Transcriptions of orchestral music for organ are generally regarded as kitschy and somewhat less proper or acceptable than the usual recital fare, though music lovers who have a sense of history know that J.S. Bach regularly transcribed the music of others for his instrument and set an example that many composers have followed. Winfried Bönig presents the late Romantic music of Anton Bruckner, Franz Liszt, and Richard Strauss on this 2012 release on Motette, and the program works rather well, considering that the pieces by Bruckner and Strauss translate convincingly to the organ. Bruckner's scherzos from the Symphony in D minor, "Die Nullte," and the Symphony No. 2 in C minor are rousing showpieces that demonstrate the organ's wide range of terraced dynamics and colorful stops, though the Adagio from the String Quintet in F major actually sounds as if it were composed as a meditation for organ, particularly through the idiomatic use of the softer stops. Max Reger's transcription of Strauss' Solemn Entry of the Knights of St. John is also well-suited to the organ, because its building drama is produced by the gradual adding of stops in a long crescendo. The one arrangement that stretches the organ's possibilities and credulity is the transcription of Liszt's Les Préludes, which is so famous in its original orchestral form, this version almost seems like parody. The overwhelming bombast of Liszt's swaggering tone poem is almost laughable on the organ, and the loud fanfares and sweeping chromatic runs make the arrangement seem little better than melodramatic theater music. The echoes of Cologne Cathedral tend to blur the performances, so this album can be appreciated best by listeners who are used to hearing organ music in situ.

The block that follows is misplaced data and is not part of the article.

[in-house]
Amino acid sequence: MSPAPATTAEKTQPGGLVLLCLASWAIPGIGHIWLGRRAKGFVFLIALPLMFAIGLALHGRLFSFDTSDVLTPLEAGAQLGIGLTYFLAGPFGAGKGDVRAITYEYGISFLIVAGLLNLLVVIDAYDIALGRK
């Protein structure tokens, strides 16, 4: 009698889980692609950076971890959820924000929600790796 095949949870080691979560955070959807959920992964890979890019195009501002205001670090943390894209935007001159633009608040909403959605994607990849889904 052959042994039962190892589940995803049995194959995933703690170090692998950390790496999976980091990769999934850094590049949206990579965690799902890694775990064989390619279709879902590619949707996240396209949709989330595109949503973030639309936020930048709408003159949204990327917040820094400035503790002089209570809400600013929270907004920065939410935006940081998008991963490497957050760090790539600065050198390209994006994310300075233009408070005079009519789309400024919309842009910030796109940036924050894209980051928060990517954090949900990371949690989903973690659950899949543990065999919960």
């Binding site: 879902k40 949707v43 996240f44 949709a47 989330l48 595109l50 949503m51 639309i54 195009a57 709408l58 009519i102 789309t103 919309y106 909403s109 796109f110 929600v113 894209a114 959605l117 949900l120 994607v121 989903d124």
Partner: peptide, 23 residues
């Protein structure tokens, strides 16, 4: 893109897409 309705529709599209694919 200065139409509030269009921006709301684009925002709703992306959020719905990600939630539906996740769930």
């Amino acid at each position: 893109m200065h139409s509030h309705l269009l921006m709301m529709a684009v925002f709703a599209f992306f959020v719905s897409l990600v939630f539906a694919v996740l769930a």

AllMusic Review by Blair Sanderson
|Der "Nullten" Symphonie|
|Der 2. Symphonie|